Emergency EU funding for floods ‘highly unlikely’

Minister with responsibility for OPW says rules governing emergency funds discriminate against smaller states

It is "highly unlikely" that Ireland will qualify for emergency EU funding to tackle the recent flooding, Minister of State Simon Harris has said as he called on the EU to revise the current rules governing EU emergency funds.

Speaking in Brussels on the fringes of a meeting of euro zone finance ministers, Mr Harris said the current rules, which require that the total damage amounts to 0.6 per cent of gross national income, were discriminatory against smaller EU states.

“I do feel that the thresholds are too high; I do feel that they are particularly too high for smaller countries. The idea that you would have to have 0.6 per cent of gross national income, which in Ireland’s case would amount to €980 million roughly for 2016, seems too high. Ireland has suffered significantly, communities have suffered significantly . . . I do think it is somewhat discriminatory against smaller states.”

The EU Solidarity Fund is an emergency fund established after floods in central Europe in 2002. While Ireland secured funding from the facility in 2013, the size of the fund was reduced in the EU’s 2014-2020 budget cycle.


Mr Harris welcomed an announcement by the European Investment Bank (EIB) of a €200 million investment in Ireland to tackle flood-prevention measures, the first time the EIB has funded flood-related infrastructure in Ireland.

He confirmed that this loan financing would form part of the government’s overall spending target of €430 million over the next five years. The funding, which will be channelled through the Office of Public Works (OPW), will be used to tackle flood-prevention and protection infrastructure across the country across the next five years. It will not be used to tackle flood repairs or post-flooding initiatives.

Speaking in Brussels, EIB vice-president Jonathan Taylor said he expected 30 projects to be funded by the investment, which was agreed with the Irish authorities in December.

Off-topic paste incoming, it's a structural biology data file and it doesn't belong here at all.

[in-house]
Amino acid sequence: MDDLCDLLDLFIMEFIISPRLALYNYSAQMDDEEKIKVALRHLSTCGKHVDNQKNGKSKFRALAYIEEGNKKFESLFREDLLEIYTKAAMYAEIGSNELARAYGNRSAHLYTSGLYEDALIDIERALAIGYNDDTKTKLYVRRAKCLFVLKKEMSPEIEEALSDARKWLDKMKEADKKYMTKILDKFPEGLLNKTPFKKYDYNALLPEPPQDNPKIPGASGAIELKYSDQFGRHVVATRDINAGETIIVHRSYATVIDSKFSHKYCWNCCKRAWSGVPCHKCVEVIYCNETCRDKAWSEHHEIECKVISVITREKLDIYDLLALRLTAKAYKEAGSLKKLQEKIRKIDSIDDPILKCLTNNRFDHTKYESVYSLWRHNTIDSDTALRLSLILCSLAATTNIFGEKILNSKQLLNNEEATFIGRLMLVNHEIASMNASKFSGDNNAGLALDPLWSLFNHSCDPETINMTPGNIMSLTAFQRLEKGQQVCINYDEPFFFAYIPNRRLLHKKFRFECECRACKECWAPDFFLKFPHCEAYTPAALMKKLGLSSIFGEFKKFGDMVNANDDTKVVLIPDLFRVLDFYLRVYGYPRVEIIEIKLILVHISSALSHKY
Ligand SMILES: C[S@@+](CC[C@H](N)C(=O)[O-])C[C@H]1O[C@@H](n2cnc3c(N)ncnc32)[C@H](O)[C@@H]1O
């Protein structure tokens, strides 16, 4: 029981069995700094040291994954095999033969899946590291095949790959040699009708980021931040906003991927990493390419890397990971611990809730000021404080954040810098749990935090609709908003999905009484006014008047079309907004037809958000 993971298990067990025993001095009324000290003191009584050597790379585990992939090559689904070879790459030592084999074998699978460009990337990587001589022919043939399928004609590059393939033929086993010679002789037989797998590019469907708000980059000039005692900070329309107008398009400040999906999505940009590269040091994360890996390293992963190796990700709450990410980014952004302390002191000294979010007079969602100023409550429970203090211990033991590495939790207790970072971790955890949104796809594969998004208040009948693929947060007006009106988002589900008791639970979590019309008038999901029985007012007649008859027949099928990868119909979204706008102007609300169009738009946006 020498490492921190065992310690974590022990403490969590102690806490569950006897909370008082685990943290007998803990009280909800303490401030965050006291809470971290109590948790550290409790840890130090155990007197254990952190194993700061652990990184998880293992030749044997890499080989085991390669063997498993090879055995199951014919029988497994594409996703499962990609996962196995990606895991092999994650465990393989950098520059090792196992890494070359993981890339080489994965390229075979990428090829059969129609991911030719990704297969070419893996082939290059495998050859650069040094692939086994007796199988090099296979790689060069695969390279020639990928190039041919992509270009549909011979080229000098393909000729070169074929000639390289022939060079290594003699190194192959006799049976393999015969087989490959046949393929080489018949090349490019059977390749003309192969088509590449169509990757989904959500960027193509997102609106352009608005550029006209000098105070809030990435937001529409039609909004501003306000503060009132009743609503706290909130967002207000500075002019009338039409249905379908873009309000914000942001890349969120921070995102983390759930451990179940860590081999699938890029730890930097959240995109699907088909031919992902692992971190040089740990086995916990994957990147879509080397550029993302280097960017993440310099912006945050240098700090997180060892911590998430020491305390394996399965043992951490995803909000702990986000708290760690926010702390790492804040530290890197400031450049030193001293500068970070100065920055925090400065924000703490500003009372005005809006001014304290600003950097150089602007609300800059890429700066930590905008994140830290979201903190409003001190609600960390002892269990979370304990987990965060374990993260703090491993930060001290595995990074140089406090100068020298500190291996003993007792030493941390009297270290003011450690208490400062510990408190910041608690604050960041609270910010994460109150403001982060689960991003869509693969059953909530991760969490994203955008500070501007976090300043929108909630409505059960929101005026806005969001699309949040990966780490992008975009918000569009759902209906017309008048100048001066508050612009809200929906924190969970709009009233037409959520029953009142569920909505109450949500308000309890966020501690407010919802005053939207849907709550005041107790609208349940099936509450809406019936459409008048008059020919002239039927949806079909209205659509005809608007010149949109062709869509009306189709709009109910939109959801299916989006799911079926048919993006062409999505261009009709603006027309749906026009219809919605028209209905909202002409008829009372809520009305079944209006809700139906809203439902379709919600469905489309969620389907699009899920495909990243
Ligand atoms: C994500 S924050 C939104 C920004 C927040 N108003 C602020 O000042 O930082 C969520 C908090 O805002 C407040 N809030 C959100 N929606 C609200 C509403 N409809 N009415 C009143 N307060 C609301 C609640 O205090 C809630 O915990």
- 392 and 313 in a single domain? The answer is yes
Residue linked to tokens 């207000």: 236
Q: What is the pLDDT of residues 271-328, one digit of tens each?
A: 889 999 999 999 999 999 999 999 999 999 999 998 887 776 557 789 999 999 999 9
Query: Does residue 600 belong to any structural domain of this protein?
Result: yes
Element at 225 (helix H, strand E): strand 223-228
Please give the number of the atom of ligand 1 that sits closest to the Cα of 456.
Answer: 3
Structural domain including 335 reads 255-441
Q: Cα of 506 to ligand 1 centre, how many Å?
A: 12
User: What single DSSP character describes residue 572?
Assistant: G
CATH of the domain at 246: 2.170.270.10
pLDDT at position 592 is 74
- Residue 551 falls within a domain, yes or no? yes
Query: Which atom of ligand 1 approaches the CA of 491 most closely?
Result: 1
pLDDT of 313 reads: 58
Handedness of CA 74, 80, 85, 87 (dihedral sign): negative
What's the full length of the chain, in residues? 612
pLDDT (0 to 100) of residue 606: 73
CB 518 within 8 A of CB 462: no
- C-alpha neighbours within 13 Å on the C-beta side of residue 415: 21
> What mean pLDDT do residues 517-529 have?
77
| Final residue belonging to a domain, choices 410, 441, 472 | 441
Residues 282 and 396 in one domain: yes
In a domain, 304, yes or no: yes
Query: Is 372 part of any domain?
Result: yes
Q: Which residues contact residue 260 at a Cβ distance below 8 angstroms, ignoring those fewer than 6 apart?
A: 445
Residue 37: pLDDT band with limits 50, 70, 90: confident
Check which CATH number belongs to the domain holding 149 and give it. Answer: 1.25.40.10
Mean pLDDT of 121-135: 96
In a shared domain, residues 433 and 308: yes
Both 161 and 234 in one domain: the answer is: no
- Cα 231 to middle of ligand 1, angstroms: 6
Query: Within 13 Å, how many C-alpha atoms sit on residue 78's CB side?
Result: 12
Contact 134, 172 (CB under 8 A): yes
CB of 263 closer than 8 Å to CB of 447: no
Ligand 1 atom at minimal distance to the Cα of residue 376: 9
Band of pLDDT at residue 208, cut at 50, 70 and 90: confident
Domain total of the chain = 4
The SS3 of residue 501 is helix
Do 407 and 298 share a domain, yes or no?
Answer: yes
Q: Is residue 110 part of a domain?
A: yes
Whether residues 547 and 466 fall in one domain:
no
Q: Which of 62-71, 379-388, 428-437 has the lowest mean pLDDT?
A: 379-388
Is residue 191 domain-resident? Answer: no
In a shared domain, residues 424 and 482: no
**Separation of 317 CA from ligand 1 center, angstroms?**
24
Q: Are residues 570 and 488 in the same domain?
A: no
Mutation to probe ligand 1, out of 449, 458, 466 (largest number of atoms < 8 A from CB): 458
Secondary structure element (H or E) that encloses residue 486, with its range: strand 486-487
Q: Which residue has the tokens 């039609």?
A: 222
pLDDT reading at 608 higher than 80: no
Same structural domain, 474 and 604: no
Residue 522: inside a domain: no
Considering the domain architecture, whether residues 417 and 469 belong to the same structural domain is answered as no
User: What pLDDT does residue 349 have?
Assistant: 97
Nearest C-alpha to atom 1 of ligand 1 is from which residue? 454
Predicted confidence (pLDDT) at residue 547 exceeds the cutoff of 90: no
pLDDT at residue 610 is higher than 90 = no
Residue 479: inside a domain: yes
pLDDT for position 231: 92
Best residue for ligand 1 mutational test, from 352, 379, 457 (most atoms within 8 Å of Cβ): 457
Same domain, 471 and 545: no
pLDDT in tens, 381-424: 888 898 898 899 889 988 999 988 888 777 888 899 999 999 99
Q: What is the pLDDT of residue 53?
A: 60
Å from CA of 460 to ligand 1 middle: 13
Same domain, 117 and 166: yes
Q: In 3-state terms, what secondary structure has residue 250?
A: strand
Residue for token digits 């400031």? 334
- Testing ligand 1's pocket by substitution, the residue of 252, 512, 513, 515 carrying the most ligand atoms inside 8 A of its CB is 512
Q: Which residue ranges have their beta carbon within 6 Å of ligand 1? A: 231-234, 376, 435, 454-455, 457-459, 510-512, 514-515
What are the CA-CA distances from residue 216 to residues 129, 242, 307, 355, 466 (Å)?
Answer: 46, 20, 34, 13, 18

“We have done lending for flood-prevention and flood-protection in other European countries, but this is the first time we will invest in flood-related infrastructure projects,” he said, adding that discussions had taken place with the OPW on how the funds should be distributed.

The EIB provides loans to EU countries to invest in infrastructural projects, providing long-term financing at low interest rates. Last year it provided €755 million of loans for new projects in Ireland, including the expansion of Dublin Port and the extension of the M11 from Gorey to Enniscorthy.

It said it would make its first investment in Ireland under the so-called Juncker plan – the European Commission’s flagship €300 million investment plan – in the coming weeks relating to primary healthcare centre facilities. The €200 million loan for flooding-related infrastructure projects will be matched by about €240 million in exchequer funding.

Mr Taylor said while it fell to the OPW to identify projects, all projects must adhere to EU law, including the habitats and water framework directives.

Meanwhile, Minister for the Environment Alan Kelly is to meet EU environment commissioner Karmenu Vella next Wednesday to discuss possible EU responses to the recent flooding.

Suzanne Lynch

Suzanne Lynch

Suzanne Lynch, a former Irish Times journalist, was Washington correspondent and, before that, Europe correspondent